And we need to know: that our careers don’t have to be made up only of stories with morals. That even the upsetting realities we face are better than the pleasant fictions others dwell in. That the things we encounter have made us better, stronger. That we, as people, matter more than the roles we play in our organizations.

For some of us, the difference between excitement and burnout is as simple as the difference between the stories we’re holding, and the stories we think we’re supposed to tell about ourselves.

May we have the courage to ask someone for the stories in their hands.

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E-mail I just sent to a potential employer


Y’all, I hate applying for jobs. I hate it. There’s something about it, about posturing and spinning and pretending to be important, that I can’t stand. Maybe some deeper underlying psychological issue is at stake here. All I know is, it’s awful.

So, I have real important things happening in my life, and real profound thoughts too, but after about two weeks’ hiatus this is the writing project I’ve worked on for the past hour.

Lyndsey Janelle <lyndseyjanelle[at]gmail.com>
1:44 AM (0 minutes ago)

to commonwealth[at]pavementcoffeehouse.com
Dear Commonwealth:

Today I walked past your store and, having a keen interest in coffeehouses and recently-finished construction projects, looked longingly into the window. Or I tried to, but I was distracted by a fairly small sign that said, “WE’RE HIRING!” It also directed interested parties to “send an email” to this address, which I found to be rather cryptic. What kind of email? Is there a password I am supposed to know and include? I thought about sending a blank email, but I suppose while we’re communicating I’ll tell you why I think you should hire me.
First of all, I can get things done, and I have common sense. So, for instance, (not to criticize necessarily), if you asked me to make sure the world knew you were hiring, I would not print shouty caps on a small piece of paper and tape it in a window. I would at least print shouty caps on a big piece of paper. If nothing else was going on, I might even mount a full-scale advertising campaign by placing an ad on craigslist or using a font that communicated what kinds of people I wanted to hire. But only if I didn’t have better things to do.
That is the second reason you should hire me: I am very efficient. I know when I have better things to do. I know which things are urgent, important, and completely unnecessary. I have found this to be a rare quality in humans – the ability to prioritize, especially under pressure. Perhaps you, too, have trouble finding these kinds of humans.
The third reason you should hire me is that I like being nice to people. I find that I am happier when surrounded by happy people, and so I work proactively to make the people around me happier. Just yesterday I walked down several flights of stairs just to bring my housemate a cup of tea. I would derive unimaginable joy from handing cups of tea to people only feet away for hours at a time. You might think that I am being snarky now. I am not.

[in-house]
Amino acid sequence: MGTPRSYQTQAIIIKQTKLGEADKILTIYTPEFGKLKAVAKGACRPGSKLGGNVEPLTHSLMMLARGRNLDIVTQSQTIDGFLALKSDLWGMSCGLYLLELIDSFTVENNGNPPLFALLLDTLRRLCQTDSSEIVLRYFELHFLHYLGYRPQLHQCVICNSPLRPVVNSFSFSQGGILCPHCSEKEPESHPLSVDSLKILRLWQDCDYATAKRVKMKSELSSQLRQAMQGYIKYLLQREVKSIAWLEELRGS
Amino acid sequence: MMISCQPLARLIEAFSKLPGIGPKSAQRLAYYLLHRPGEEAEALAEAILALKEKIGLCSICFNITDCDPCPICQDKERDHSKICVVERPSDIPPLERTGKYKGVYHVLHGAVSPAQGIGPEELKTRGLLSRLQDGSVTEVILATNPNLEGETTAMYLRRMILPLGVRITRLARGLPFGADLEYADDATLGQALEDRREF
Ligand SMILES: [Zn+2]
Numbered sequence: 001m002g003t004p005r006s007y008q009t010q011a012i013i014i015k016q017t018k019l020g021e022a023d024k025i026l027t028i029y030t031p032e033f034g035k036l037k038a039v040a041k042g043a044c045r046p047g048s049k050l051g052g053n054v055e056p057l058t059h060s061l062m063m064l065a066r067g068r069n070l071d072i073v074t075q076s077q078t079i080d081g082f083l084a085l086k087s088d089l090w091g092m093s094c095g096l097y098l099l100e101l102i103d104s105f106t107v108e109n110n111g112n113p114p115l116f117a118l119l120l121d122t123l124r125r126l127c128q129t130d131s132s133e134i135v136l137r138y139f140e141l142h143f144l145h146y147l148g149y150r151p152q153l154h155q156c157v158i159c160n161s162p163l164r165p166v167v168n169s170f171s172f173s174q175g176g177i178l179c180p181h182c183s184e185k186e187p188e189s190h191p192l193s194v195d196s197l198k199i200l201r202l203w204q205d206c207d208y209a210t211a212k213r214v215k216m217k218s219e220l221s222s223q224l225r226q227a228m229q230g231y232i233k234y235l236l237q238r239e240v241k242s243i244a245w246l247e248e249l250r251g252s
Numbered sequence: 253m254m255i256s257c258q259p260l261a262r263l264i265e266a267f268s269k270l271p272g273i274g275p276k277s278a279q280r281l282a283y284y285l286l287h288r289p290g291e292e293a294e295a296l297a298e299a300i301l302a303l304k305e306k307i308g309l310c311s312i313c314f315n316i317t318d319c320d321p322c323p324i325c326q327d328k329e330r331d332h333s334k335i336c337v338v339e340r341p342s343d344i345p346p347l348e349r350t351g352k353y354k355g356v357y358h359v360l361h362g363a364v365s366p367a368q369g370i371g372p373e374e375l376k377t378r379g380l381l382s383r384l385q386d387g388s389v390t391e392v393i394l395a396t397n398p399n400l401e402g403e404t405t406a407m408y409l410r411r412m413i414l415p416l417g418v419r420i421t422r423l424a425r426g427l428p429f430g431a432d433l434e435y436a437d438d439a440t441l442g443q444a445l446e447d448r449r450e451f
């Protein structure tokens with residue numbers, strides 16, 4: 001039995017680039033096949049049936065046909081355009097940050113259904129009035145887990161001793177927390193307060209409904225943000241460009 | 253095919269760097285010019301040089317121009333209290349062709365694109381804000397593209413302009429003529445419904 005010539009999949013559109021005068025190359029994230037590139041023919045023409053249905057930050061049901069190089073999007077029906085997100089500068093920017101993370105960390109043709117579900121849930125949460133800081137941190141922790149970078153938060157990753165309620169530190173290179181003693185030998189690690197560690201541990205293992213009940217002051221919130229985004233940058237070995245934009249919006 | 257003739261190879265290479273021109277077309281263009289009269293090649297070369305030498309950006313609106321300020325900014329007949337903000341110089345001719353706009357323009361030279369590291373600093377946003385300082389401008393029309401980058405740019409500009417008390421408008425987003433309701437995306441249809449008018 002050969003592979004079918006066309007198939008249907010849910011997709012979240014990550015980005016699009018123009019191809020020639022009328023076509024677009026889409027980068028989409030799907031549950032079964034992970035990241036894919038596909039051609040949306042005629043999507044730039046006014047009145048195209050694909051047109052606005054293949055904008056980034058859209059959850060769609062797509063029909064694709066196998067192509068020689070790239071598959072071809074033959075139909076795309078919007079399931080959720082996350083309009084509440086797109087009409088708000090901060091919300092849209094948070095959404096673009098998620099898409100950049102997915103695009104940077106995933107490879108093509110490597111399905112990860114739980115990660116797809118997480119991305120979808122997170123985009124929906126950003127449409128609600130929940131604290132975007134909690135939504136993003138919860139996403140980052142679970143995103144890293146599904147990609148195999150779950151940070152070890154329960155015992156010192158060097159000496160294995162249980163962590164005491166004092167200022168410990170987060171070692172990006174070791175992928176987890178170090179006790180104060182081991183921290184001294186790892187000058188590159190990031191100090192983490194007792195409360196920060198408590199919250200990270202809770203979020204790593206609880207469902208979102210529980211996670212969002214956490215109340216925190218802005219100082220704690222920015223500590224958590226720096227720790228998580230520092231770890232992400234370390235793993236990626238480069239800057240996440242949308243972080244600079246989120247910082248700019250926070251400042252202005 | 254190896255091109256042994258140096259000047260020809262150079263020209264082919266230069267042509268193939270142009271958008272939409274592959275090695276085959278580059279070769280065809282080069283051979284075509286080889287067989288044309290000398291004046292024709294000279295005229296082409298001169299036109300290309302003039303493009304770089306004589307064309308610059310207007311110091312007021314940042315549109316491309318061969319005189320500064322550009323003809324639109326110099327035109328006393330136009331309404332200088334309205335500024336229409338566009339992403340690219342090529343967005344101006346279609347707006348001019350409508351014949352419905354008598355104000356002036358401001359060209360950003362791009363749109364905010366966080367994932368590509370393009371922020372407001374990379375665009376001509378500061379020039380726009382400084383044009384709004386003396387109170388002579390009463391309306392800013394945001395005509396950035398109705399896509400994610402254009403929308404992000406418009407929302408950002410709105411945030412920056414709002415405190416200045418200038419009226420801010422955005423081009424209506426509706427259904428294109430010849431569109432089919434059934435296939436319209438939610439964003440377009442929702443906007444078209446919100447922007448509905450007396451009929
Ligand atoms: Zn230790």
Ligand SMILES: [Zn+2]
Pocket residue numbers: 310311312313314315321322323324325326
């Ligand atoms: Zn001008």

Because the fourth reason you should hire me is that I am grossly overqualified, but I still want this job. Having worked in my life at numerous leadership and management positions, creative projects, and important-sounding things, I am now a Master’s student in theology at BU. I want a job that is the opposite of my studies: a job where I do things, concrete things in reality, that are clearly worthwhile. Creating a delicious drink and placing it in the hands of a tired, determined, or celebratory customer fits the bill perfectly. I’d like to be known as the Treat-Bearer.
But the fact that I am overqualified does not disqualify me from possessing a quality level of qualification at barista skills. I make great coffee. I work hard. And, having worked for a year in a food pantry, I am a customer service Hercules. I have wrestled the Cerberus of customers. And I’ve come to appreciate the nice ones more than ever.
Finally, you should hire me because: I am normal-looking at times, but do not worry that I might disturb the urban vibe or get blandness in the coffee; I am also quite capable of cultivating an appropriately quirky appearance. Sadly, I have no tattoos, but I do possess many cardigans, trendy hats, and pairs of glasses. I also have blue eyes and freckles and fancy myself an ideal candidate for some shy plaid-wearing poet boy’s (or girl’s, who’s counting?) unattainable (because they’re so shy) crush. They might buy more coffee as a result.
My resume is attached. Thank you for your time if you’re still reading. I really would, in all sincerity, like to work for Pavement.
All my love,
Lyndsey Graves
PS. I hope I haven’t offended you about the urban vibe. I don’t say any of this as a judgment on your coffeeshop coffeehouse; just making conjectures based on my past encounters with baristas. I’ve honestly never gone inside Pavement. I can’t afford coffee right now. So hire me and share the joy. Thanks.